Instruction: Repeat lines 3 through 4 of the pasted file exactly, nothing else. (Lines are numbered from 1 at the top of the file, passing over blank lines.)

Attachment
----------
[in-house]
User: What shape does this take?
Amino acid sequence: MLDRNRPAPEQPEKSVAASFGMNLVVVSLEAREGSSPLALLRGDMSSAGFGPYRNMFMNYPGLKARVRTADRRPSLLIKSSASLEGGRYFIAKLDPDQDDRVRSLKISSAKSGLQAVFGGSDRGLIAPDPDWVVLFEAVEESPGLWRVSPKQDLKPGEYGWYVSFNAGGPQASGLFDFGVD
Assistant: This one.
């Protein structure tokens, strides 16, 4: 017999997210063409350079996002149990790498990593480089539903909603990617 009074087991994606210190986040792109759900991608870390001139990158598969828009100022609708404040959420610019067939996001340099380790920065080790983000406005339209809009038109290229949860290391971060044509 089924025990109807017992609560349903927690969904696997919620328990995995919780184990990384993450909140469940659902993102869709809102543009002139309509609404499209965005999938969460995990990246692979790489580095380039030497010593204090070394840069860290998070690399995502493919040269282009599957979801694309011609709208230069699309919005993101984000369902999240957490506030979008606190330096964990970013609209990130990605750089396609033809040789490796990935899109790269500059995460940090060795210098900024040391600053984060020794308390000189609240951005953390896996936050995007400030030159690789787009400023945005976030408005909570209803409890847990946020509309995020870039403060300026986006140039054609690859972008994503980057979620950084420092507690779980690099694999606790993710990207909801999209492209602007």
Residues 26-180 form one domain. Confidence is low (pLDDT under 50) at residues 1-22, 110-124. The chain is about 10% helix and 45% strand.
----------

Amino acid sequence: MLDRNRPAPEQPEKSVAASFGMNLVVVSLEAREGSSPLALLRGDMSSAGFGPYRNMFMNYPGLKARVRTADRRPSLLIKSSASLEGGRYFIAKLDPDQDDRVRSLKISSAKSGLQAVFGGSDRGLIAPDPDWVVLFEAVEESPGLWRVSPKQDLKPGEYGWYVSFNAGGPQASGLFDFGVD
Assistant: This one.